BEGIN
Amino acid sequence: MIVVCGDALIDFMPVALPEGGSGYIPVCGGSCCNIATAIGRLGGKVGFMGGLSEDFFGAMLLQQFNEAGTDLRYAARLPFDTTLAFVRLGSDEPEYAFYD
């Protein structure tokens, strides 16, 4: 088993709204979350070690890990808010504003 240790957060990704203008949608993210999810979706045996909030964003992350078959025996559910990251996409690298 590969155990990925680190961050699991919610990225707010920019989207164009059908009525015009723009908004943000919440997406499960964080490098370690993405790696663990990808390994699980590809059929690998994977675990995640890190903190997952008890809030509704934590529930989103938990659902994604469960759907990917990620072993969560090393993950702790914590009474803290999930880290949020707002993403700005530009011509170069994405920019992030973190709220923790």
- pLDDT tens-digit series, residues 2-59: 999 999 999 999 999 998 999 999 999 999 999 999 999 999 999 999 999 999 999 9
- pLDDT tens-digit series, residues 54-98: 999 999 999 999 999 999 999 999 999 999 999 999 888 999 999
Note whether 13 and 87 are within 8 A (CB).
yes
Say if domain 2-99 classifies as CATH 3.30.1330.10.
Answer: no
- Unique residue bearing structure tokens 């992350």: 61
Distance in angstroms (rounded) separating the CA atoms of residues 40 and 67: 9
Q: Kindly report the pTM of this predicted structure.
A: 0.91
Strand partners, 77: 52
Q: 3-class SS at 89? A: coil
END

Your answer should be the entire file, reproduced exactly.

Amino acid sequence: MIVVCGDALIDFMPVALPEGGSGYIPVCGGSCCNIATAIGRLGGKVGFMGGLSEDFFGAMLLQQFNEAGTDLRYAARLPFDTTLAFVRLGSDEPEYAFYD
């Protein structure tokens, strides 16, 4: 088993709204979350070690890990808010504003 240790957060990704203008949608993210999810979706045996909030964003992350078959025996559910990251996409690298 590969155990990925680190961050699991919610990225707010920019989207164009059908009525015009723009908004943000919440997406499960964080490098370690993405790696663990990808390994699980590809059929690998994977675990995640890190903190997952008890809030509704934590529930989103938990659902994604469960759907990917990620072993969560090393993950702790914590009474803290999930880290949020707002993403700005530009011509170069994405920019992030973190709220923790």
- pLDDT tens-digit series, residues 2-59: 999 999 999 999 999 998 999 999 999 999 999 999 999 999 999 999 999 999 999 9
- pLDDT tens-digit series, residues 54-98: 999 999 999 999 999 999 999 999 999 999 999 999 888 999 999
Note whether 13 and 87 are within 8 A (CB).
yes
Say if domain 2-99 classifies as CATH 3.30.1330.10.
Answer: no
- Unique residue bearing structure tokens 């992350």: 61
Distance in angstroms (rounded) separating the CA atoms of residues 40 and 67: 9
Q: Kindly report the pTM of this predicted structure.
A: 0.91
Strand partners, 77: 52
Q: 3-class SS at 89? A: coil